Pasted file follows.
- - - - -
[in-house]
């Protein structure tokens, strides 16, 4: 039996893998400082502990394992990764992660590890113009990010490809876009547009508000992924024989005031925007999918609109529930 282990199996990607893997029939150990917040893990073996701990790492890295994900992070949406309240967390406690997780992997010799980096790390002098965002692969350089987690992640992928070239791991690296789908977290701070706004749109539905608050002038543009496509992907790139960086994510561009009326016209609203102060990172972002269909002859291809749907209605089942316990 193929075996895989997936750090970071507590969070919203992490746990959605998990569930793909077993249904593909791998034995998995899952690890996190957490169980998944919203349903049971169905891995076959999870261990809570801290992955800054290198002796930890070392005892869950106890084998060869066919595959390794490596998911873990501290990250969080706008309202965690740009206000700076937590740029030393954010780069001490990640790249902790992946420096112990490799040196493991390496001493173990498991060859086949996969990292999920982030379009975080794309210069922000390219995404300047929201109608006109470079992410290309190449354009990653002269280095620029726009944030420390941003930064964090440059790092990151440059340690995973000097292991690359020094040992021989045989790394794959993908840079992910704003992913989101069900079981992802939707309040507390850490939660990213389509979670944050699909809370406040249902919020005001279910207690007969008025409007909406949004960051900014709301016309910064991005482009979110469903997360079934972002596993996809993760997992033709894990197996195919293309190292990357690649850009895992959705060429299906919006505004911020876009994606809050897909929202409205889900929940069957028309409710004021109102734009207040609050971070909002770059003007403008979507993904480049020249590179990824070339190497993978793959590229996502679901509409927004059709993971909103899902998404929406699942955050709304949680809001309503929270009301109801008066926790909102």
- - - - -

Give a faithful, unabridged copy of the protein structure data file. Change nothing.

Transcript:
[in-house]
């Protein structure tokens, strides 16, 4: 039996893998400082502990394992990764992660590890113009990010490809876009547009508000992924024989005031925007999918609109529930 282990199996990607893997029939150990917040893990073996701990790492890295994900992070949406309240967390406690997780992997010799980096790390002098965002692969350089987690992640992928070239791991690296789908977290701070706004749109539905608050002038543009496509992907790139960086994510561009009326016209609203102060990172972002269909002859291809749907209605089942316990 193929075996895989997936750090970071507590969070919203992490746990959605998990569930793909077993249904593909791998034995998995899952690890996190957490169980998944919203349903049971169905891995076959999870261990809570801290992955800054290198002796930890070392005892869950106890084998060869066919595959390794490596998911873990501290990250969080706008309202965690740009206000700076937590740029030393954010780069001490990640790249902790992946420096112990490799040196493991390496001493173990498991060859086949996969990292999920982030379009975080794309210069922000390219995404300047929201109608006109470079992410290309190449354009990653002269280095620029726009944030420390941003930064964090440059790092990151440059340690995973000097292991690359020094040992021989045989790394794959993908840079992910704003992913989101069900079981992802939707309040507390850490939660990213389509979670944050699909809370406040249902919020005001279910207690007969008025409007909406949004960051900014709301016309910064991005482009979110469903997360079934972002596993996809993760997992033709894990197996195919293309190292990357690649850009895992959705060429299906919006505004911020876009994606809050897909929202409205889900929940069957028309409710004021109102734009207040609050971070909002770059003007403008979507993904480049020249590179990824070339190497993978793959590229996502679901509409927004059709993971909103899902998404929406699942955050709304949680809001309503929270009301109801008066926790909102």